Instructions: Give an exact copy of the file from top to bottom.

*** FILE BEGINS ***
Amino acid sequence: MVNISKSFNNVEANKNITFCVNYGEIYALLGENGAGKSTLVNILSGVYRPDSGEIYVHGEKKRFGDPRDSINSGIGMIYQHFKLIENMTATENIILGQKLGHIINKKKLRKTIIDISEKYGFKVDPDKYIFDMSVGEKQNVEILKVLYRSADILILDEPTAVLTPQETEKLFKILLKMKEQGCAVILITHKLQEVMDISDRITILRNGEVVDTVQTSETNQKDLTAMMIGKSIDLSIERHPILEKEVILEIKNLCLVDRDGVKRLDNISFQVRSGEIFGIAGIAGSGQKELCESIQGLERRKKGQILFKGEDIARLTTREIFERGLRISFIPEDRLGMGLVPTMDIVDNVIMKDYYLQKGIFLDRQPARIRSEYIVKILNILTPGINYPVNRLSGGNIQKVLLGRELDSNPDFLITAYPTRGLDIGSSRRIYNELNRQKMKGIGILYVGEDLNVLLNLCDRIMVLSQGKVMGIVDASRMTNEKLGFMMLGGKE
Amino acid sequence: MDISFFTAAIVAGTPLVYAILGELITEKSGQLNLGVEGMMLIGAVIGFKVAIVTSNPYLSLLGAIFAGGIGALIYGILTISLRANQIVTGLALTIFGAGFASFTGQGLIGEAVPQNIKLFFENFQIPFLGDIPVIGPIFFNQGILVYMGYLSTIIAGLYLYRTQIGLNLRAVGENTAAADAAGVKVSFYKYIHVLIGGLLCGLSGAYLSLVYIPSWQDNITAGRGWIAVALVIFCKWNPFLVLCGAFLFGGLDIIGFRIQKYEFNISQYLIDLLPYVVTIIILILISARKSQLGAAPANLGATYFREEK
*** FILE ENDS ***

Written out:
Amino acid sequence: MVNISKSFNNVEANKNITFCVNYGEIYALLGENGAGKSTLVNILSGVYRPDSGEIYVHGEKKRFGDPRDSINSGIGMIYQHFKLIENMTATENIILGQKLGHIINKKKLRKTIIDISEKYGFKVDPDKYIFDMSVGEKQNVEILKVLYRSADILILDEPTAVLTPQETEKLFKILLKMKEQGCAVILITHKLQEVMDISDRITILRNGEVVDTVQTSETNQKDLTAMMIGKSIDLSIERHPILEKEVILEIKNLCLVDRDGVKRLDNISFQVRSGEIFGIAGIAGSGQKELCESIQGLERRKKGQILFKGEDIARLTTREIFERGLRISFIPEDRLGMGLVPTMDIVDNVIMKDYYLQKGIFLDRQPARIRSEYIVKILNILTPGINYPVNRLSGGNIQKVLLGRELDSNPDFLITAYPTRGLDIGSSRRIYNELNRQKMKGIGILYVGEDLNVLLNLCDRIMVLSQGKVMGIVDASRMTNEKLGFMMLGGKE
Amino acid sequence: MDISFFTAAIVAGTPLVYAILGELITEKSGQLNLGVEGMMLIGAVIGFKVAIVTSNPYLSLLGAIFAGGIGALIYGILTISLRANQIVTGLALTIFGAGFASFTGQGLIGEAVPQNIKLFFENFQIPFLGDIPVIGPIFFNQGILVYMGYLSTIIAGLYLYRTQIGLNLRAVGENTAAADAAGVKVSFYKYIHVLIGGLLCGLSGAYLSLVYIPSWQDNITAGRGWIAVALVIFCKWNPFLVLCGAFLFGGLDIIGFRIQKYEFNISQYLIDLLPYVVTIIILILISARKSQLGAAPANLGATYFREEK